New York Yearly Meeting: On the killings in Minneapolis, Baton Rouge, and Dallas

Dear Friends,  
Last Wednesday, Yearly Meeting staff sent out the following press release, reflecting on the recent killings in Minneapolis, Baton Rouge, and Dallas.  Given the press of work preparing for summer sessions, and the desire to not overwhelm your inboxes, we did not send out a global to share that message with you, which is our usual practice. Given subsequent events, it seems best to send this to you now, as we have heard from the Priorities process that Friends wish for us to be more proactive in giving voice to Friends principles and how we apply our faith in the world.

                                                                         FOR IMMEDIATE RELEASE                                            July 13, 2016

CONTACT: Christopher Sammond, General Secretary


Quakers speak out about the killings in Minneapolis, Baton Rouge, and Dallas

An open letter to Communities of Faith in the United States encouraging peaceful discourse, nonviolent action, and unity

My eyes fail from weeping, I am in torment within; my heart is poured out on the ground because my people are destroyed. . . . Your wound is as deep as the sea. Who can heal you?                                                                       

Lamentations 2:11-13 (New International Version)


Each time there is another death, it shatters the numbness that all is well in our land.

Each time another innocent black man is killed by our police, it shatters the illusion that all is well, that we as a society do not live in the middle of an ongoing nightmare.

Each time another black man is killed by police, we respond with vigils, with prayer, with statements, giving vent to our grief. But with each killing, the next seems more inevitable. So, far too often, we do what we have done far too many times before, grieving the violence and injustice while feeling helpless to prevent either.

This is not enough. Grief upon grief upon grief all too easily can turn to impotent rage.

This is not just our police. And this is not one enraged and violent man seeking vengeance. This is all of us. We are all of us embroiled in a system that has to change. How many more will have to die before we have the courage to change it? How many must die before we do something other than grieve, make memorials, hold vigils, or rage?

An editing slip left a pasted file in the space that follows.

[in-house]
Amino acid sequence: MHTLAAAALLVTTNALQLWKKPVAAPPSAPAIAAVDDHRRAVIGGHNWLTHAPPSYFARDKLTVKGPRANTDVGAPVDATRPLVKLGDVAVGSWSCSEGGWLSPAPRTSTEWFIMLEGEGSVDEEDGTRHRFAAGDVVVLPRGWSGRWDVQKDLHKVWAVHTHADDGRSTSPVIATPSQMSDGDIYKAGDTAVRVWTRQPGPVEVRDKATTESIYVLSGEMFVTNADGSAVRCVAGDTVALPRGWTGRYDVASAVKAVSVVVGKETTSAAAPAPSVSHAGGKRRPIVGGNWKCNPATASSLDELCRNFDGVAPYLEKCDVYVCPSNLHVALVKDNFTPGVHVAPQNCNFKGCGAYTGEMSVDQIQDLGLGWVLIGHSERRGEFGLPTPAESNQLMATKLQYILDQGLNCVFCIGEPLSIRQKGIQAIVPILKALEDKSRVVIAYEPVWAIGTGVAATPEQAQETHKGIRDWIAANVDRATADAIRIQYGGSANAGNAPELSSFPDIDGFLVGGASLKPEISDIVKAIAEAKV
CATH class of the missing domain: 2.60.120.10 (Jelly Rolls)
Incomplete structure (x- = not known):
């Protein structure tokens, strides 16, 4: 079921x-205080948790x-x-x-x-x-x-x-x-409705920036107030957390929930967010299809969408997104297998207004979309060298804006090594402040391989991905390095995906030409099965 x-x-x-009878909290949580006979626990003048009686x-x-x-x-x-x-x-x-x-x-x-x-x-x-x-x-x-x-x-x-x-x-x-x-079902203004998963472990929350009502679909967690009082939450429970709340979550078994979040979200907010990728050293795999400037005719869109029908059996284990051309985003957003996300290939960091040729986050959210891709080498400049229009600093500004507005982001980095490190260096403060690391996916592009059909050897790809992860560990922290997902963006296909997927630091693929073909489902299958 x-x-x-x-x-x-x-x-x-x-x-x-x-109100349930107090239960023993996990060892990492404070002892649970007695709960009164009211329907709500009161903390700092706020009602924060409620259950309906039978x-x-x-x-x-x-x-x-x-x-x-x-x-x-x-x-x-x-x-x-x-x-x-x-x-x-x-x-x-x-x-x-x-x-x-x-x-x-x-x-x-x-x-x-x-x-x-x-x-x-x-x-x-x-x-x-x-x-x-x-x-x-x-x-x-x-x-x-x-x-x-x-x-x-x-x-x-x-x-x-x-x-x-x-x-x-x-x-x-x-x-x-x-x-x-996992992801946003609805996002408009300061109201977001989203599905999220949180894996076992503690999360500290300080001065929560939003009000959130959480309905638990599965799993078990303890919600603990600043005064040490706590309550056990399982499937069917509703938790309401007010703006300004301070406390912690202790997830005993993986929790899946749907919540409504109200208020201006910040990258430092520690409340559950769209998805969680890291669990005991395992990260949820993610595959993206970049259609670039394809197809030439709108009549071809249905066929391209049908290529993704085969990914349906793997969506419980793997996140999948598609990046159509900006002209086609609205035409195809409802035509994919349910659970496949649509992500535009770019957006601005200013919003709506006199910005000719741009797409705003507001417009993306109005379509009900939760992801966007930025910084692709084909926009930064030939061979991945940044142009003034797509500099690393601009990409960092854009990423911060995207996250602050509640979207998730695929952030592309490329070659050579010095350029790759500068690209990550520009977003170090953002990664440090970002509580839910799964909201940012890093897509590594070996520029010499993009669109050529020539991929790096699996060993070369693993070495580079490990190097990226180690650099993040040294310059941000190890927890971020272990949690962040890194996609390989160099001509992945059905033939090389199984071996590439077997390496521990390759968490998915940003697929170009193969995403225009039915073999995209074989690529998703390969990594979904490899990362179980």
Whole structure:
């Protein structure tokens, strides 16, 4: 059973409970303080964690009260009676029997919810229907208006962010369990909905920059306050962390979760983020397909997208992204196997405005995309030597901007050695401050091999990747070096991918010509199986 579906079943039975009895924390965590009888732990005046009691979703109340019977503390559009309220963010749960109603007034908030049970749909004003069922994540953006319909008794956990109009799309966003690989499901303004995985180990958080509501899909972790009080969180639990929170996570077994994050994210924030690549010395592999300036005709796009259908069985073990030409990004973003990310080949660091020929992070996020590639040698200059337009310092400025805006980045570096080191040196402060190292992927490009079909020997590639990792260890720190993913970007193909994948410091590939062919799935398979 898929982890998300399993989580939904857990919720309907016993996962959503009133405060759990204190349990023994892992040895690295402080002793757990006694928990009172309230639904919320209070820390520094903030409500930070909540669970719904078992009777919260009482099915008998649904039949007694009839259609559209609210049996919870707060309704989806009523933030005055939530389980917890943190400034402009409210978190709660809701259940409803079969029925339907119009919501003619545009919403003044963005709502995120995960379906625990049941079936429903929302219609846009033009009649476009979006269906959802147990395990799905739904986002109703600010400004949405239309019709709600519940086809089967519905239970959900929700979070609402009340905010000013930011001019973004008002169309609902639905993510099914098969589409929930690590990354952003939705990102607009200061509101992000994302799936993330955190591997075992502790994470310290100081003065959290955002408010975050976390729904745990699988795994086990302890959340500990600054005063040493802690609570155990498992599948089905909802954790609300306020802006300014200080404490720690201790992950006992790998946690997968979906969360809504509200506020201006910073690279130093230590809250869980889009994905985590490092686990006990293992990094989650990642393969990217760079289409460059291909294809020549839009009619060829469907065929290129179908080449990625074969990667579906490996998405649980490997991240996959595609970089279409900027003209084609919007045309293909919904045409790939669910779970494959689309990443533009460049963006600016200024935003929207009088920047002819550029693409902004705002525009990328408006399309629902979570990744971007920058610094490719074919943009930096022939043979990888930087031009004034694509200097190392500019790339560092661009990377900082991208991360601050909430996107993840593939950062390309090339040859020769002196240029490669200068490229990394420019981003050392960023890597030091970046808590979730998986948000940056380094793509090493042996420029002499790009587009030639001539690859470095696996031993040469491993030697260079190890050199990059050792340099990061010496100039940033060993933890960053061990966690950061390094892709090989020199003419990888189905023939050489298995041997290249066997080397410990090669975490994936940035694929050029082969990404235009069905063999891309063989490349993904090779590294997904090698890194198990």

We, the people of New York Yearly Meeting, grieve the loss of so many black men, now at least 144* in this year alone, killed by our police. We lift up the names of Philando Castile and Alton Sterling, remembering these most recent deaths among too, too many deaths. And we decry the killing of our police in Dallas— Lorne Ahrens, Michael Krol, Michael J. Smith, Brent Thompson, and Patrick Zamarripa—and the hatred that lies behind that violence. We reject the simplistic answers that lead to blame, hatred, and violence. We seek instead to better understand and to root out the seeds of racism within ourselves, to understand how we are all, every one of us, a part of the problem of systemic structural racism in this country, of which the killing of black men and the Dallas police are the most painful and immediate symptoms.

We invite all people of faith to join us in looking in the mirror that these killings hold up before us. We invite all people of faith to grieve, and to mourn, not just these killings, but for our broken, torn, and bleeding country. And then we invite people of faith to seek repentance for our collective sin of structural racism, to learn its roots in each of our lives, and to pray for Divine guidance as to how to act to heal our broken nation.

We know that violence begets more violence, creating a never-ending cycle of violence and retribution. We reject all justifications for violence, and support all those who strive non-violently for social justice, and who exercise non-violent freedom of speech and civil disobedience. We know the power of love to heal our brokenness. In this time of heightening tensions, we call on all people of faith to actively promote peaceful discourse, non-violent responses to violence, unity in our communities, justice, and peace.

We urge all people of faith to work constructively with their local police, promoting justice and encouraging the retraining of our police so that lethal force is not the first recourse to a perceived threat.

May God have mercy on us.

Lucinda Antrim, Clerk

Christopher Sammond, General Secretary

New York Yearly Meeting Of the Religious Society of Friends (Quakers)

The Guardian, July 13, 2016:


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